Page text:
Table of Contents
Water Treatment Complete Process
Since the early 1900’s sanitary engineers have been working in the United States to reduce waterborne diseases.
- In 1906 sand filters were put into use. Number of typhoid cases decreases drastically from 600 per 100,000 to about 100 per 100,000 population.
- Disinfection of the water by the addition of chlorine decreased the number of cases of typhoid further.
- A still greater decrease was accomplished after 1920 by careful control infected persons who had become carriers.
- Since 1952, death via typhoid being less than one per 1000,000 population.
From an Environmental engineering point of view, substances in water can exist in one of the three classifications:
Dissolved: A substance which is truly in solution (homogeneously dispersed in liquid). Removal of substances is not possible without phase change such as distillation, precipitation, adsorption and extraction.
Suspended: In environmental engineering, suspended solids are defined as those solids that can be filtered by a glass fibre filter disc. They can be removed by physical methods like sedimentation, filtration and centrifugation.
Colloidal: Particles in the size range between dissolved substances and suspended particles. They are in solid state and can be removed by physical means e.g. very high-force centrifugation or filtration through membranes with very small pore spaces.
Sizes of particles in water
Quality of Water
Agents that alter the quality of water as it moves over or below the surface of the earth may be classified under four major headings:
Physical: Physical characteristics relate to quality of water for domestic use and are usually associated with appearance e.g. color, taste, odour or temperature.
Chemical: Differences in water evidenced by their observed reactions e.g. performance of hard and soft water in laundering.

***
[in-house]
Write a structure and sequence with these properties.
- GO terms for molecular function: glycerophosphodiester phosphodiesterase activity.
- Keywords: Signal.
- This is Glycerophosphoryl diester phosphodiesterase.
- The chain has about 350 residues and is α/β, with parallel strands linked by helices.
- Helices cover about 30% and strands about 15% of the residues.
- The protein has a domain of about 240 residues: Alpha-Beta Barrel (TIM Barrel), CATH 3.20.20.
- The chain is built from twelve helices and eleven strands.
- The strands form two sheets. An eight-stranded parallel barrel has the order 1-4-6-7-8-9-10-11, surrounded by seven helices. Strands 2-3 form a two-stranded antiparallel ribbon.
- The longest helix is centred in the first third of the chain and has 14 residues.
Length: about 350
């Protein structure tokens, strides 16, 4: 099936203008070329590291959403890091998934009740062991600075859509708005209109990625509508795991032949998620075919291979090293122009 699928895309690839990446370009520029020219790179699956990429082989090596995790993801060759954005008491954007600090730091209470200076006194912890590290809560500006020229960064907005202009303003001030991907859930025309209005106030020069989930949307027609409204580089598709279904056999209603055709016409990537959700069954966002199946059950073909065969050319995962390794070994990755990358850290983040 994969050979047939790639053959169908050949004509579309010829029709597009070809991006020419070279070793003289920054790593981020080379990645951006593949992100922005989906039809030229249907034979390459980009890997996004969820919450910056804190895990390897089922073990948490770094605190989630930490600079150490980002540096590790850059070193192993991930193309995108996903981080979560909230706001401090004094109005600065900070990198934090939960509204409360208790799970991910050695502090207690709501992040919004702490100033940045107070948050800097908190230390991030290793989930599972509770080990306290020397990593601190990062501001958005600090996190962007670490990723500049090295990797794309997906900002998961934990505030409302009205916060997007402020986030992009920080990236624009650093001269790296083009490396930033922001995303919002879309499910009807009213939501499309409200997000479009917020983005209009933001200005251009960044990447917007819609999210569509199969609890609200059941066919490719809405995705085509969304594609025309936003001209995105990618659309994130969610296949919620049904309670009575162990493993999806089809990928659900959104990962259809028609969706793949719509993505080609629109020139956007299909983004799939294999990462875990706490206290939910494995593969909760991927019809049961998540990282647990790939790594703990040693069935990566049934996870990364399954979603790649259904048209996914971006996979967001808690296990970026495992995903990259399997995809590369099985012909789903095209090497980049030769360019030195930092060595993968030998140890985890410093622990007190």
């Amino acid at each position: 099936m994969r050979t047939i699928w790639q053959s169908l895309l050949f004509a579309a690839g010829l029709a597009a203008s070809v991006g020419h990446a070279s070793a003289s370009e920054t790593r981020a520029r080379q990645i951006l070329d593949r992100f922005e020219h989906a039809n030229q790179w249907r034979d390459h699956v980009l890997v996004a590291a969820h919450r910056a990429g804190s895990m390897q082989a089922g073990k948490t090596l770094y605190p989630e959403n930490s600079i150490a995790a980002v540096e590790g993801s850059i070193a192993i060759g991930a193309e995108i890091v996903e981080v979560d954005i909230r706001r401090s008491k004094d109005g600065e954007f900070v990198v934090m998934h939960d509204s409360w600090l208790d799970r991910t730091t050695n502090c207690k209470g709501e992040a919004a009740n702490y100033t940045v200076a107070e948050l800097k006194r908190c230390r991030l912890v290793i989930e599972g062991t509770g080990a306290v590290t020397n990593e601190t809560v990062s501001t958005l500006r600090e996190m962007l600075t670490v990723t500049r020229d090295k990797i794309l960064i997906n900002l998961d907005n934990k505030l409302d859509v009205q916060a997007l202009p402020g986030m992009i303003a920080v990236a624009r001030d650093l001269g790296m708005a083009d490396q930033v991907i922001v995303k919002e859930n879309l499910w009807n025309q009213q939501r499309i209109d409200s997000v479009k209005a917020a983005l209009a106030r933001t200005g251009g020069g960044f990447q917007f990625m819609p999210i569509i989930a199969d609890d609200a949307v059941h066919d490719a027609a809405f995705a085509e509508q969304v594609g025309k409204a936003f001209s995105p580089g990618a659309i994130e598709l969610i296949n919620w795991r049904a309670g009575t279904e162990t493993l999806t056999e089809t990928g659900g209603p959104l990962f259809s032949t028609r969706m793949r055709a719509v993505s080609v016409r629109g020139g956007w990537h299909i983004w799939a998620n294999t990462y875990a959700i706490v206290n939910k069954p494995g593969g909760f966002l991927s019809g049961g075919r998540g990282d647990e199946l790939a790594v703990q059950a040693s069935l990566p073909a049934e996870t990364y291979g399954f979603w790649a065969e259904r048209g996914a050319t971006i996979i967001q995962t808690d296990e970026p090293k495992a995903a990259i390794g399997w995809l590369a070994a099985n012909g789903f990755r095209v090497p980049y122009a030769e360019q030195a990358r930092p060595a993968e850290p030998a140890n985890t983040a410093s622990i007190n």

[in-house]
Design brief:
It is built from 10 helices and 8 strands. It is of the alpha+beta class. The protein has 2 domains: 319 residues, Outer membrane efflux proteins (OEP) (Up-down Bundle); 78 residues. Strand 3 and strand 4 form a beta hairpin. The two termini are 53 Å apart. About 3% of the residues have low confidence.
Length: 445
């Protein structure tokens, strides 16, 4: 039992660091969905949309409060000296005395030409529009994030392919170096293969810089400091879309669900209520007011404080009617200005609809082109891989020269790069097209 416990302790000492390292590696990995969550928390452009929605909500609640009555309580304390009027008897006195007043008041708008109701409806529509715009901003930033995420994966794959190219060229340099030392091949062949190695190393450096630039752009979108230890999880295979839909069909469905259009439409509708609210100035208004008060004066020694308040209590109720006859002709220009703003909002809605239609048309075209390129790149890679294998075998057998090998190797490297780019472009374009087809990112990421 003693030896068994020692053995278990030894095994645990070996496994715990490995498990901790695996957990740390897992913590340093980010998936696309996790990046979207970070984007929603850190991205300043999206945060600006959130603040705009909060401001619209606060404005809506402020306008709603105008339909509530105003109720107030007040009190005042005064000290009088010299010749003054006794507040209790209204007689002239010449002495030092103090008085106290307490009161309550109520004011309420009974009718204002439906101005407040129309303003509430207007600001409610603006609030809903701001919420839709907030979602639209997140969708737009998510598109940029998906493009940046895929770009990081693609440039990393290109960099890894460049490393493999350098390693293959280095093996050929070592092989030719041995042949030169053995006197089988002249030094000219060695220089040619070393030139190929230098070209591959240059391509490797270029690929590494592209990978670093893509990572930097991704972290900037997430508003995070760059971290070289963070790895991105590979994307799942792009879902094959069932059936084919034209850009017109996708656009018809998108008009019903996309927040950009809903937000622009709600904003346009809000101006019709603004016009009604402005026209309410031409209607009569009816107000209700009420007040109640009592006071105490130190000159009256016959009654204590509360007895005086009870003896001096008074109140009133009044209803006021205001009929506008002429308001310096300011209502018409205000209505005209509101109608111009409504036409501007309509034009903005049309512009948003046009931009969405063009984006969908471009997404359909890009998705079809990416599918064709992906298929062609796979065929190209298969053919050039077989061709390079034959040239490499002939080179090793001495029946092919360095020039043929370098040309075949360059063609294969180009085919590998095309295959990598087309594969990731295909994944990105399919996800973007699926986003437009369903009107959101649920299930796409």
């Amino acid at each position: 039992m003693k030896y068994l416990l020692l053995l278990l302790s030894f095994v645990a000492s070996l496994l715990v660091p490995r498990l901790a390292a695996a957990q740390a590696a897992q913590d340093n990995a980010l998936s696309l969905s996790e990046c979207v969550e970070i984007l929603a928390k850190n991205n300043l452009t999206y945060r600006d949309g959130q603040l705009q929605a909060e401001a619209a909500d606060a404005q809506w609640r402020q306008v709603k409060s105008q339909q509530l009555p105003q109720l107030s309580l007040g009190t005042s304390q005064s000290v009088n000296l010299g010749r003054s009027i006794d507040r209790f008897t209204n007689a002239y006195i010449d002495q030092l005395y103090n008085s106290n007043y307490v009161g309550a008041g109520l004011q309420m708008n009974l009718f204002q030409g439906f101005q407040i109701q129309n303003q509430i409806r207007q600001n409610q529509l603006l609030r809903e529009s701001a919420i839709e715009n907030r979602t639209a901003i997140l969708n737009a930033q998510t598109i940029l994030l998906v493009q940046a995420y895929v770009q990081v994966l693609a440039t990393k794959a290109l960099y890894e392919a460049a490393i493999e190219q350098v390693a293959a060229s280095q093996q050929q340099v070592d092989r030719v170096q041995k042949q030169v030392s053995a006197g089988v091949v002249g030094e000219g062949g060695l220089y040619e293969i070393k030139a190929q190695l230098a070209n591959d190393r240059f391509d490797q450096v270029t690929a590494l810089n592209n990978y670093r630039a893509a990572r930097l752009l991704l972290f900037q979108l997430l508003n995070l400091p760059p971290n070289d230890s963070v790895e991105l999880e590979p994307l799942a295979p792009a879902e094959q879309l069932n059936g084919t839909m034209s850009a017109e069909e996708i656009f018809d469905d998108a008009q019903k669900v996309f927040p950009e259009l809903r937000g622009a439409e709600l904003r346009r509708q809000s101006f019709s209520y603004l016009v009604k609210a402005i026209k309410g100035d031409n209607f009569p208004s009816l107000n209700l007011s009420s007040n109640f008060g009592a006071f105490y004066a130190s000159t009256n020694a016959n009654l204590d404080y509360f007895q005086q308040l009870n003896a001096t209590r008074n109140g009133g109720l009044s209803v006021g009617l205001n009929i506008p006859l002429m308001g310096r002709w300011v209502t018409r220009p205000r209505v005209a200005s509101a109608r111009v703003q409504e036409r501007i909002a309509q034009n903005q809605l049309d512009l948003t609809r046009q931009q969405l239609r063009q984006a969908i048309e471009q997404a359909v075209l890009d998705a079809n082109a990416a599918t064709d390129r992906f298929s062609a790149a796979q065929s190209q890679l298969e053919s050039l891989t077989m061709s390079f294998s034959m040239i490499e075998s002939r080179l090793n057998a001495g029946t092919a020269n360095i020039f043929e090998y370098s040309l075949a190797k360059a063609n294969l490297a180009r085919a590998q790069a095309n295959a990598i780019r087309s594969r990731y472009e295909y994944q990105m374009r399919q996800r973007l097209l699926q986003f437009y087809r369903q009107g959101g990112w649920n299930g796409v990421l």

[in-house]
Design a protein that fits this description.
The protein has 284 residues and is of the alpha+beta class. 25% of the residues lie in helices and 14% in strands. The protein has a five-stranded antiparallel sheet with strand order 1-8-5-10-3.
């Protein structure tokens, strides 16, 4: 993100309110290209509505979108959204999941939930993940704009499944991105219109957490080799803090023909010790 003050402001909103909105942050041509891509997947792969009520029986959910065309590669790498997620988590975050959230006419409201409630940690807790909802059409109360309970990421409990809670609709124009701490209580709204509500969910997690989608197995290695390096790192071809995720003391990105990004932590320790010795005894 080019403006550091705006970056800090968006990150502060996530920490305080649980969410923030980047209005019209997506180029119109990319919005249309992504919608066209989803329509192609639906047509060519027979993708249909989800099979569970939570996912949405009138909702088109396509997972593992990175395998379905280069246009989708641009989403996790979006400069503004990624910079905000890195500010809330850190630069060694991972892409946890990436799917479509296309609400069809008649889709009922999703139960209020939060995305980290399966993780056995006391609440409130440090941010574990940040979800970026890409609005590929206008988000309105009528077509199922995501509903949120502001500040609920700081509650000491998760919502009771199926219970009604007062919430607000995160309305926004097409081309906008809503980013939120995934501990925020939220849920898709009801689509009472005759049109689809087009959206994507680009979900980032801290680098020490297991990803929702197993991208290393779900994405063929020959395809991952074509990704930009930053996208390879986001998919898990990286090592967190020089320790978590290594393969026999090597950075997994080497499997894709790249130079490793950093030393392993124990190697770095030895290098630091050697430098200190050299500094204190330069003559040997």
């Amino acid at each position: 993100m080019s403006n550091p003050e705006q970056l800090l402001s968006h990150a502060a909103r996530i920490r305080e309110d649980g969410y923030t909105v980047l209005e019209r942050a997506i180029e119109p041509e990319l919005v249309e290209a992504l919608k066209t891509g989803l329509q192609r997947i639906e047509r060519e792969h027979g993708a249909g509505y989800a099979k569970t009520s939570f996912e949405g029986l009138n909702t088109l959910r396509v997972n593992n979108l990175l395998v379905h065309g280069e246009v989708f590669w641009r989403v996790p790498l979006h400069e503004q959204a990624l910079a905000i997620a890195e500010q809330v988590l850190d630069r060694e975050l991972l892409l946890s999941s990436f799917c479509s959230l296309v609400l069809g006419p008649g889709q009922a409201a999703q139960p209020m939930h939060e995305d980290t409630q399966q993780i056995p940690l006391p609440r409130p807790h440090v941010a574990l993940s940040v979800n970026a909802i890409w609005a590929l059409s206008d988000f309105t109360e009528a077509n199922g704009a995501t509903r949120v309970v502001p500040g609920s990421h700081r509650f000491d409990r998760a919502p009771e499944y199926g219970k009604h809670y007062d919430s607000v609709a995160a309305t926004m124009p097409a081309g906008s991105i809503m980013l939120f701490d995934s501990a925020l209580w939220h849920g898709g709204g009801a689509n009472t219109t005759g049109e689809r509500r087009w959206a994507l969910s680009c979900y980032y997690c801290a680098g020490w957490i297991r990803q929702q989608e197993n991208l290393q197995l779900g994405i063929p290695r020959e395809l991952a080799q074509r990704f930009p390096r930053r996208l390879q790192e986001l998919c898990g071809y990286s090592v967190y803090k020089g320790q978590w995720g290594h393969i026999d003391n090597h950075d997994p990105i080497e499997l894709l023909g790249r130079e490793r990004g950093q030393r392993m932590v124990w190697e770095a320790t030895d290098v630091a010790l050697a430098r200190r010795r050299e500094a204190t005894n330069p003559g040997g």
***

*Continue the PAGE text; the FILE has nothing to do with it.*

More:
Biological: Biological agents important from public health perspective and may also modify physical and chemical characteristics of water.
Radiological: Considered only when water has come in contact with radioactive substances.
Treatment systems can be into three categories:
Disinfection Plant: Plants employing simple chlorination. Water is usually of high
quality and chlorination is done to ensure safe bacteria level in water.
Filtration Plant (surface water treatment): Rapid mixing, flocculation, sedimentation, filtration and disinfection employed to remove color, turbidity, taste and odour, and bacteria. During rapid mix, chemicals are added and rapidly dispersed to join desired impurities and form precipitates (flocs).
Softening Plant (ground water treatment): During rapid mixing, chemical doses (much higher) are added to react with the hardness and precipitate it. After sufficient reaction time, precipitate will collide and grow in size in reaction basin. The other unit operations are same for both except recarbonation.
Ground water and Surface water Composition
Groundwater (deep/shallow wells)
- constant composition
- high mineral content
- low turbidity and color
- no D.O. & bacteriologically safe
- high hardness
- Fe, Mn, H2S
Surface water (Rivers, lakes,Reservoirs)
- variable composition
- low mineral content & hardness
- high turbidity
- D.O. & microorganisms present
- taste and odor
- Possible chemical toxicity
Coagulation is the process by which particles become destabilized and begin to clump together. The object of coagulation (and subsequently flocculation) is to turn the small particles of color, turbidity and bacteria into larger flocs, either as precipitates or suspended particles.
Small particles (0.001 to 1 micro m)
Usually negatively charged
Particles repel so suspension is considered stable
Colloidal particles (0.001 – 1 micro m)
The particles in the colloid range are too small to settle in a reasonable time period and too small to be trapped in the pores of a filter. Most colloids are stable because they possess a negative charge that repels other colloids particles before they collide with one another.
Since colloids are stable because of their surface charge, in order to destabilize the particles, we must neutralize this charge. Such neutralization can take place by addition of an ion of opposite charge to the colloid. Since most colloids found in water are negatively charged, the addition of a divalent or trivalent should reduce the charge.
Collision efficiency factor α measures the degree of destabilization of colloids. If every collision results in aggregation then α= 1.0.
To alter the surface charge of the particles that contribute to color and turbidity so that the particles adhere to one another and are capable of settling by gravity.
How is this goal achieved?
By adding a coagulant. The key properties of a coagulant are:
- Trivalent cation
- Non toxic & inexpensive
- Insoluble in neutral pH range
Usually Alum (Al2(SO4)3.14H2O) is used. Sometimes Ferrous sulfate (FeSO4) , Ferric Chloride (FeCl3) and polyelectrolytes are also used.
Step in Water Treatment